Contact: Scott Denne
Lexmark sells to a syndicate of China-based companies for $2.5bn in cash following six years and $2bn invested to transform itself from a printer supplier into an enterprise content management (ECM) software vendor. Despite that spending, its business continued to deteriorate and a series of earnings and guidance disappointments sent it looking for the proverbial ‘strategic alternatives.’
Seine Technology Group leads the acquisition consortium through its subsidiary, Apex Technology – a maker of printer cartridges. Siene also owns Pantum International, a printer and printing services company. Private equity firms PAG Asia Capital and Legend Capital are also participating. Including Lexmark’s debt, the deal values the target at $3.6bn, or 1x trailing revenue – well below the median multiple (1.5x) for hardware providers in the past 24 months, according to 451 Research’s M&A KnowledgeBase. That’s a particularly sorry comparison considering that 15% of Lexmark’s $3.5bn in annual revenue comes from software, where multiples are usually higher.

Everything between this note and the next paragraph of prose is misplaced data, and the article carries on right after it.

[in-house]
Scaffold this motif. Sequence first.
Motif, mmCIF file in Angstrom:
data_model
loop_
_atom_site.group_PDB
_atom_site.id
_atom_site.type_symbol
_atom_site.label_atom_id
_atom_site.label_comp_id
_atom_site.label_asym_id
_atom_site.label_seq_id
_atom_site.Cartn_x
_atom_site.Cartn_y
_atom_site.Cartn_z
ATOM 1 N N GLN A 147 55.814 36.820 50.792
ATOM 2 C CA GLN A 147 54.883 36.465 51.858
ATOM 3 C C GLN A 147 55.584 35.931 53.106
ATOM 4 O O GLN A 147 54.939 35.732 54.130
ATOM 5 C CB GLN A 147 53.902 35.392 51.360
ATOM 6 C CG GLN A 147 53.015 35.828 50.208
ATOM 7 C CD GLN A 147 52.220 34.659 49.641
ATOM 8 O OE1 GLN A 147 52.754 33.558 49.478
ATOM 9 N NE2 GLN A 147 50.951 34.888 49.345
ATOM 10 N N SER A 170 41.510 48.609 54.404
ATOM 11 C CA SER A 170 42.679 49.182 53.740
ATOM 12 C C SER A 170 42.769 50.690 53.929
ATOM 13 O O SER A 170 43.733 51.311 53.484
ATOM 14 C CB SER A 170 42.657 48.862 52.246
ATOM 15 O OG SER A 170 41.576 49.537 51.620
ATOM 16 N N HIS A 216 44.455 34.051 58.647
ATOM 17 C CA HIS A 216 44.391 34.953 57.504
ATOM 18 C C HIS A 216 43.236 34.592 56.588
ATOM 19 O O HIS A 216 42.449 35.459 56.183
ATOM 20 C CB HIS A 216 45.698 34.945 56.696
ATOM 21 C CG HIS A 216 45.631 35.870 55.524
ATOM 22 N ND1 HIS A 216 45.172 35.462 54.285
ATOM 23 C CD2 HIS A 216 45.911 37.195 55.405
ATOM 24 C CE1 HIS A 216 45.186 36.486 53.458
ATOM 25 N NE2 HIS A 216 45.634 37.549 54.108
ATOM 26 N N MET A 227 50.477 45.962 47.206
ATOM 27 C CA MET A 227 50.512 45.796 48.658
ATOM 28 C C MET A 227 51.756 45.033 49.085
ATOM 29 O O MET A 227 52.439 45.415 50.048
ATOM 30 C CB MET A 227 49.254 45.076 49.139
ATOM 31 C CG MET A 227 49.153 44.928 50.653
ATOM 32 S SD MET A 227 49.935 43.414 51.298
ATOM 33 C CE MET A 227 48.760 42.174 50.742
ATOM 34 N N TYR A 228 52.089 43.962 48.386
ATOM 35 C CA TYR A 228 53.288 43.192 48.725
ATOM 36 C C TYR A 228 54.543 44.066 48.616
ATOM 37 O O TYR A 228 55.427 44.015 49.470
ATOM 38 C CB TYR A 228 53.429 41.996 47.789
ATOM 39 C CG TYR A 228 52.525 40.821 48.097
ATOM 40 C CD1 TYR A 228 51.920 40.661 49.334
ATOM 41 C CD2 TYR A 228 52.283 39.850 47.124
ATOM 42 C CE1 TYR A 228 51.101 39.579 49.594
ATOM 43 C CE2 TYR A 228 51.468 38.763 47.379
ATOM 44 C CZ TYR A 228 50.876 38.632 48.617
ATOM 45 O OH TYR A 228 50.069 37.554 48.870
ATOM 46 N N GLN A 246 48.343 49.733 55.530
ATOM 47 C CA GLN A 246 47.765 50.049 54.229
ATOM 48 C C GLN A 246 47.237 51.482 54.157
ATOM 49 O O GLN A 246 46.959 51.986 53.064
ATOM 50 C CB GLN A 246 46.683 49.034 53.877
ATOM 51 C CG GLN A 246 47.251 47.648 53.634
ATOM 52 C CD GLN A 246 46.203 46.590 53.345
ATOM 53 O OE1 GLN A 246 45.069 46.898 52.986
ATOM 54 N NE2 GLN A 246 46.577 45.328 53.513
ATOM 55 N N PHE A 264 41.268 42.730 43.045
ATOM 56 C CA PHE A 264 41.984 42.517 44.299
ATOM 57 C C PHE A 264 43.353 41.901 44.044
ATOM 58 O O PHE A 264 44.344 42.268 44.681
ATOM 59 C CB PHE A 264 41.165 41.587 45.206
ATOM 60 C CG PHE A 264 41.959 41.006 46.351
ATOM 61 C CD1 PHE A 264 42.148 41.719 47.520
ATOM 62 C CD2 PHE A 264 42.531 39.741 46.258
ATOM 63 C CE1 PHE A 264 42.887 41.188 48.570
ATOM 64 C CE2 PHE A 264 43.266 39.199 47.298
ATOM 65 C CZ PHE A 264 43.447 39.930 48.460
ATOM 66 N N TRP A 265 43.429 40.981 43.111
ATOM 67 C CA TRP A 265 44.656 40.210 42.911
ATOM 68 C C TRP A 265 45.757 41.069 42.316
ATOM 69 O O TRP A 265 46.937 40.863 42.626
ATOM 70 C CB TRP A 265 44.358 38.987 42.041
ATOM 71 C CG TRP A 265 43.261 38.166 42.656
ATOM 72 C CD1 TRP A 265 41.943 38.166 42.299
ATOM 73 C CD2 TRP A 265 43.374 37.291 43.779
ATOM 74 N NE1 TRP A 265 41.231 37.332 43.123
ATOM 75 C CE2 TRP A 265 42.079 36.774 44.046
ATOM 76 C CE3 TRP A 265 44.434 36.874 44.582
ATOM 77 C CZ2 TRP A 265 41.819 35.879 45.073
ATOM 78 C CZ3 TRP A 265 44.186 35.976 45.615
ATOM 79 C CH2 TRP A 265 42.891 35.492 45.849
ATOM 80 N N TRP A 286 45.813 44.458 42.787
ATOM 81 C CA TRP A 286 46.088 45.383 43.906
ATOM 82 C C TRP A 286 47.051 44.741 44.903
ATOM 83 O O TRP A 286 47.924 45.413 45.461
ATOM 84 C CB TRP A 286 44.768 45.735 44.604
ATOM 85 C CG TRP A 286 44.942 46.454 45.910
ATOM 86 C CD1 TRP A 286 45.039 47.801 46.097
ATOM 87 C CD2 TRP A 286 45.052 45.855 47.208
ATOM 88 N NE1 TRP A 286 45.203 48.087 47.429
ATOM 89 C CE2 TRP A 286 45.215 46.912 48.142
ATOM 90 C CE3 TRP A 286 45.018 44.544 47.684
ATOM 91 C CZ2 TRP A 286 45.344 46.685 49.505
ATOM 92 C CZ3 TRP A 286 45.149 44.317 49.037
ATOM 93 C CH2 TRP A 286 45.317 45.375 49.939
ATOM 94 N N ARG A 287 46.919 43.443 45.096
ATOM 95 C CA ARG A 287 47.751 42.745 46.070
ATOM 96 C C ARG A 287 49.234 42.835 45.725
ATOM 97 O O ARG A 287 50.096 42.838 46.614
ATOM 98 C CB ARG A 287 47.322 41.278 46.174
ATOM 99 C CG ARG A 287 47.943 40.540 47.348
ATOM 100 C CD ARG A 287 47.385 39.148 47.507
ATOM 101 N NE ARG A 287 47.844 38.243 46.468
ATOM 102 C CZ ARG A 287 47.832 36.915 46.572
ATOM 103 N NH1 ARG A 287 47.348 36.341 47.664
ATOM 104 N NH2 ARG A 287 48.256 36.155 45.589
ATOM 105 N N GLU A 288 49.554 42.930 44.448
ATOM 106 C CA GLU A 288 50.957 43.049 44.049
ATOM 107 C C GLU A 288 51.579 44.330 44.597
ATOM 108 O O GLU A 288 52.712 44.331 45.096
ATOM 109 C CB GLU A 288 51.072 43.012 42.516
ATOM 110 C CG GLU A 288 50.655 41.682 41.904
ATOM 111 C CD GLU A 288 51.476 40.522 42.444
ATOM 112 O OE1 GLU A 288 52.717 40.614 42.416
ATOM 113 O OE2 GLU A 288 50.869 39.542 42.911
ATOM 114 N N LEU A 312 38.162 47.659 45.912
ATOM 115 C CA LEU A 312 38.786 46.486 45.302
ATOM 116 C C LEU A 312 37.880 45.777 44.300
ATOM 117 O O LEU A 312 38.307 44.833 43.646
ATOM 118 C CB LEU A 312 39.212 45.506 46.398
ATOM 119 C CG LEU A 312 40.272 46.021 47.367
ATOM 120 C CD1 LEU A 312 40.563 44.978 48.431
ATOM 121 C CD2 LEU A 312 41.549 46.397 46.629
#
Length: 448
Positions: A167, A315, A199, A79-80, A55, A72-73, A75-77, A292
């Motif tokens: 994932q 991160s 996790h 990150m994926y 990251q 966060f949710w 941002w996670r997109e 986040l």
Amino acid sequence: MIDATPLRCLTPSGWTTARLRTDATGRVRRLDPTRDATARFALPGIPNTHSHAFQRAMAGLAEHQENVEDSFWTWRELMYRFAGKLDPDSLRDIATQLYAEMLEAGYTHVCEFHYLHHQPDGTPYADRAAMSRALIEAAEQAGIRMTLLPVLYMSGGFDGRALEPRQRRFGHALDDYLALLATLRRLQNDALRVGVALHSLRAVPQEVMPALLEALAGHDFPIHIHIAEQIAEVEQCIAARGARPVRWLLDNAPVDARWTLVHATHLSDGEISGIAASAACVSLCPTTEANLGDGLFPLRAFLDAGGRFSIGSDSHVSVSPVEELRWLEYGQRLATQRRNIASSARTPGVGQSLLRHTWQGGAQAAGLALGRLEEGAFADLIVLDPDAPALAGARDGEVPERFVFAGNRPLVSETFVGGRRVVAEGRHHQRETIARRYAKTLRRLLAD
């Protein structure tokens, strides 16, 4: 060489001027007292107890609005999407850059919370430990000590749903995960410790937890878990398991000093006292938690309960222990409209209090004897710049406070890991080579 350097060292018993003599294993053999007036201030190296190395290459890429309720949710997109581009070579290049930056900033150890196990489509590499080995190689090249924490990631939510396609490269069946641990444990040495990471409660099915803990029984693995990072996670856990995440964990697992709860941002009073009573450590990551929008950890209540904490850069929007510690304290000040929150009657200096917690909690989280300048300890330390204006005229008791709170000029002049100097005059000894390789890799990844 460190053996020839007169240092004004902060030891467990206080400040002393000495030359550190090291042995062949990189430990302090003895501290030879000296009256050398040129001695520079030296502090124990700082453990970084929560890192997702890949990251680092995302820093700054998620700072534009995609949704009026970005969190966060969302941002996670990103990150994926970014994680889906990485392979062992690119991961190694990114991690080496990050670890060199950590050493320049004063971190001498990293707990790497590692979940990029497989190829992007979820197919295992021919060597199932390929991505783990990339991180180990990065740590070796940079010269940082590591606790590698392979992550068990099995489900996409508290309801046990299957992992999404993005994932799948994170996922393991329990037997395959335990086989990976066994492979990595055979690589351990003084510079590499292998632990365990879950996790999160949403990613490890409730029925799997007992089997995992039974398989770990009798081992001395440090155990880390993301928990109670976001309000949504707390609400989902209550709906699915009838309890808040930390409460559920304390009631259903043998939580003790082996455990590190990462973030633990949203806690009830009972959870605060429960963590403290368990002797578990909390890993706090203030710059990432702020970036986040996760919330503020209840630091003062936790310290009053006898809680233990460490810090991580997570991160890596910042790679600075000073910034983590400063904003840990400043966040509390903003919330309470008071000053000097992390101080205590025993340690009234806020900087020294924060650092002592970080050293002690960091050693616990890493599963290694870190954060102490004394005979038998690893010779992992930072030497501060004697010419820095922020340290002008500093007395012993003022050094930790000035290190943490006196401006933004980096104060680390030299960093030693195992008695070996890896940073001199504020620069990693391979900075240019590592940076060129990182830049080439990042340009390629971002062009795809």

Lexmark’s printer business has been in steady decline for a few years, dropping 12% last year. Today’s sale aims to reverse that by growing the business in Asia, where Lexmark has little presence at the moment. Lexmark’s software business has grown dramatically via M&A, yet its organic growth doesn’t impress. Enterprise software sales jumped 81% last year to $534m, although most of that was due to a half year of ownership of Kofax ($298m in TTM revenue at the time of its purchase) and its first full year as owner of ReadSoft ($119m in TTM). In the fourth quarter, its software business grew just 5% sequentially. Today’s deal comes as Lexmark is halfway through restructuring those acquisitions, which largely consisted of overlapping products, to improve profits.
Goldman Sachs advised Lexmark on its sale, while Moelis & Company banked the buyers.